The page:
Upload Manager Disabled
Volume Shadow Copy Disabled
WebClient Disabled
Windows Audio Automatic
Windows Image Acquisition (WIA) Automatic
Windows Installer Manual
WIndows Management Instrumentation Automatic
Windows Management Instrumentation Driver Extensions Manual
Windows Time Automatic
Wireless Zero Configuration Manual
WMI Performance Adapter Disabled
Workstation Automatic
World Wide Web Publishing Manual



<font color=red><i>Doctor Hooter</i></font color=red> <A HREF="http://www.page3.com/" target="_new"><b>(·Y·)</b></A>
December 5, 2003 3:00:38 AM

I've never used Visual Basic.NET, so I don't know how much of this program is associated with the multiple IIS services that are listed, or if disabling them will cause problems. But again, attempting to run the programs after disabling the services ... if there <i>is</i> a problem, this will show up in the Event Viewer logs. You can easily re-enable a service if one proves to be required.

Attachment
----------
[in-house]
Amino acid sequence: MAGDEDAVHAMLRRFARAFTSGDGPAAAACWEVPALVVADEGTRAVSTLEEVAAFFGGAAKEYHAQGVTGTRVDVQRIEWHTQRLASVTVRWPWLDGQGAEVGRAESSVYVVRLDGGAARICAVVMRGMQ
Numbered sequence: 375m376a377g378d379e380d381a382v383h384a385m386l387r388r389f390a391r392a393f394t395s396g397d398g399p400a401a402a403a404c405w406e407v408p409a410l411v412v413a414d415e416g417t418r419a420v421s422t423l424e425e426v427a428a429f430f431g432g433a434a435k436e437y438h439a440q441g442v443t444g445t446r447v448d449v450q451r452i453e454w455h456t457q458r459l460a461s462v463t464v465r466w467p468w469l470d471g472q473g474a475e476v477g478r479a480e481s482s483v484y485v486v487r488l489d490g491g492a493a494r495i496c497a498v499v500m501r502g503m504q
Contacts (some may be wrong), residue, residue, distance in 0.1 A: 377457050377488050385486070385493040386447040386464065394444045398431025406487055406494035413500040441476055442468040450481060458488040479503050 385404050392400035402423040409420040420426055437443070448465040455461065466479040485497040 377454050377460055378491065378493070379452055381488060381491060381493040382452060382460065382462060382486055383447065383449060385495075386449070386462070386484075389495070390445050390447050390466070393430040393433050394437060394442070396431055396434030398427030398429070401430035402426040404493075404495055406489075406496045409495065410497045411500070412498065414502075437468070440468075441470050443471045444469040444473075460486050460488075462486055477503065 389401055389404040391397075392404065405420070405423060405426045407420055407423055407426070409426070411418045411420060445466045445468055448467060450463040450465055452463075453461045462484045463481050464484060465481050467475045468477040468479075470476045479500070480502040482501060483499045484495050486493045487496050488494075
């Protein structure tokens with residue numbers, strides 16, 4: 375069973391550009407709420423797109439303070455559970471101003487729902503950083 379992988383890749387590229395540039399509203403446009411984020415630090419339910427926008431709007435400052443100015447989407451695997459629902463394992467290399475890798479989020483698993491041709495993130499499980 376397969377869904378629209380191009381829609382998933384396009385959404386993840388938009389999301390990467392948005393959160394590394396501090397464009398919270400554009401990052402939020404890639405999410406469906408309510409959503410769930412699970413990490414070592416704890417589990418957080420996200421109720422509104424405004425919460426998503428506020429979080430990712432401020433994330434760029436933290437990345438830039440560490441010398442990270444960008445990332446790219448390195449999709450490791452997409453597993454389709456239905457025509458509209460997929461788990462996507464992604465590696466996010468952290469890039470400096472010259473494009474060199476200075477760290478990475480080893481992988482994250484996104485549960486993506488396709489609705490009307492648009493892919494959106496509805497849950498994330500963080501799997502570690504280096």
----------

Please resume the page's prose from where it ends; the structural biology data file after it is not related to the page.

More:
None of the services I've recommended disabling should interfere with connecting a computer to a network, unless you've got some kind of wireless docking station for the notebokt, or a device that needs an 802.11 adapter, in which case, you'll want the Wireless Zero Configuration Service enabled. No wireless devices? Disable the service.

I have four computers currently on a home network, using a 4 port router connected to a USB DSL modem. With my current service configuration, I've had zero problems sharing broadband, files, and printers, of which there are two ... including two scanners.

It's true that SMTP is needed to send outgoing e-mail, but this is the first time I've seen it listed separately as a service. All modern e-mail programs should support POP3 and SMTP protocols.

If you disable the service, and can still send outgoing e-mail, the service can be considered redundant, and not needed.